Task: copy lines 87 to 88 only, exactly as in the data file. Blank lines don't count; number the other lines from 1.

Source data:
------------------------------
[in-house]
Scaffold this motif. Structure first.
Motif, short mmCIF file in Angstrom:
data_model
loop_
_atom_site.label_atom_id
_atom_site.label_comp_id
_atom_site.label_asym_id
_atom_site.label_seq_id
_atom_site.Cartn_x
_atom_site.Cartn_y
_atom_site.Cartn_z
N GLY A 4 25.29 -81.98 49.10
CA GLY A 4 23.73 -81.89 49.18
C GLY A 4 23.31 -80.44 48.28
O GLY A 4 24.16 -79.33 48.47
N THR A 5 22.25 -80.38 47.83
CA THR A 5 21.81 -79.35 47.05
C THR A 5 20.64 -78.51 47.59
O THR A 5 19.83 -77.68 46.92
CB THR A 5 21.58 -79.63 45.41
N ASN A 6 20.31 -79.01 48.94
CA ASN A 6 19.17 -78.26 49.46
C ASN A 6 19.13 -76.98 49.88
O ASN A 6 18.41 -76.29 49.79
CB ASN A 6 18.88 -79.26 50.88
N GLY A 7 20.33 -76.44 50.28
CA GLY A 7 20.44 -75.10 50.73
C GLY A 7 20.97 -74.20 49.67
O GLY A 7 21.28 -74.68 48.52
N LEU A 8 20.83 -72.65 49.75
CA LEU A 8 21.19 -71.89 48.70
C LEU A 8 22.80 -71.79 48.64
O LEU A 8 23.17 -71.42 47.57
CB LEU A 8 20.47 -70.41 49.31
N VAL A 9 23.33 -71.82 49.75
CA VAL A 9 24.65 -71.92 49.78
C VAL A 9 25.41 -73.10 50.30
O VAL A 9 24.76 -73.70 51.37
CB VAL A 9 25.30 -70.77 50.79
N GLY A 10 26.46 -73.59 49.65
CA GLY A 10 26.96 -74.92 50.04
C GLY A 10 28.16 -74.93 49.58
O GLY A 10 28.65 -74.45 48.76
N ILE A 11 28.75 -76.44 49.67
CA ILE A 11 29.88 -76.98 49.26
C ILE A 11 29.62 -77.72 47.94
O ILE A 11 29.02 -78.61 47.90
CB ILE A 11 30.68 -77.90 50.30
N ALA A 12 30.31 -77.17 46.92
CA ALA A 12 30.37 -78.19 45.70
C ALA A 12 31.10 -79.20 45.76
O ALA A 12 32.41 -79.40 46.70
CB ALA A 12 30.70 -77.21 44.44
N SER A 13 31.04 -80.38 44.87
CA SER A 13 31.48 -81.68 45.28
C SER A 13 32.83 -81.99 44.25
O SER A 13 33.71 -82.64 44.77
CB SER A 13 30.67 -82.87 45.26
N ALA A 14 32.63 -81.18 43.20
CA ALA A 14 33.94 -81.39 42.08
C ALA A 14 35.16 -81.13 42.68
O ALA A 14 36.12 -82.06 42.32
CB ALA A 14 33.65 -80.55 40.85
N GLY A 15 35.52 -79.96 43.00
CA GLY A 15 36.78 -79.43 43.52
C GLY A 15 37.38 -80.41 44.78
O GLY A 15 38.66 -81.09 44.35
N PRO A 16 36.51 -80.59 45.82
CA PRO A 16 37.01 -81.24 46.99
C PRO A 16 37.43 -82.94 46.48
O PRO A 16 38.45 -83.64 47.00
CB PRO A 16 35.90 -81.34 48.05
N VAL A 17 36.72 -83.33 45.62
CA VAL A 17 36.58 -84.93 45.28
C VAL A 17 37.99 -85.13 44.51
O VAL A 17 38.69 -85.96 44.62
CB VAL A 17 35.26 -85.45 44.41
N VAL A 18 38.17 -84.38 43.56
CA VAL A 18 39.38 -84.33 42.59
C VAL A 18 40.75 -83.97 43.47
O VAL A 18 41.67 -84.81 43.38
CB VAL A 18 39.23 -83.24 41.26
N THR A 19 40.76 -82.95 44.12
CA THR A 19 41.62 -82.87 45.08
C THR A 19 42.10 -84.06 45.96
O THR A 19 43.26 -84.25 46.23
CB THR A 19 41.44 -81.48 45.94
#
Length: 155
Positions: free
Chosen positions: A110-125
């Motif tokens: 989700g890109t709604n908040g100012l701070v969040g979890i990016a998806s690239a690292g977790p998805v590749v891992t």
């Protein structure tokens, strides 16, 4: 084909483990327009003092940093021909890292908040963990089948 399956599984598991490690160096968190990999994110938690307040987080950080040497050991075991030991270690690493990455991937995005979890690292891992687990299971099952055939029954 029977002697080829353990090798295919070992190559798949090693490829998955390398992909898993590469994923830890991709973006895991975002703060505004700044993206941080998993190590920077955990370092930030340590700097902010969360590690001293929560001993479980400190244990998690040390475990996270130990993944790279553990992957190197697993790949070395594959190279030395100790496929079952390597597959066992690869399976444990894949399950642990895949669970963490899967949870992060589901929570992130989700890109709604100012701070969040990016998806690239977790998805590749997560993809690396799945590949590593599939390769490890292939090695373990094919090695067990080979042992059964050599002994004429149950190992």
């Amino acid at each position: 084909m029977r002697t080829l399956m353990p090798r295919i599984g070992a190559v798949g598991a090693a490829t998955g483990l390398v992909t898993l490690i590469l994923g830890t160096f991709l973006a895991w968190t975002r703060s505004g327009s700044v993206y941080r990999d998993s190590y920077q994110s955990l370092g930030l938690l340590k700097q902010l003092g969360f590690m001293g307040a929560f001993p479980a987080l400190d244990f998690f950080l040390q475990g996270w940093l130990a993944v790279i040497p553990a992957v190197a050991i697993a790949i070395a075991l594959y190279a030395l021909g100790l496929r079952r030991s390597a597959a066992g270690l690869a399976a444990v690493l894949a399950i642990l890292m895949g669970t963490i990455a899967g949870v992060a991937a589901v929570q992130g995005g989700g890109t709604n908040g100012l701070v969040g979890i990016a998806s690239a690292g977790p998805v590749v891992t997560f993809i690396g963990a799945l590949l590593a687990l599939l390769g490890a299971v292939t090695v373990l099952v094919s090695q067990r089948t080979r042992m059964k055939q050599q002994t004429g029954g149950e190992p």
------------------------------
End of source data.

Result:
O THR A 19 43.26 -84.25 46.23
CB THR A 19 41.44 -81.48 45.94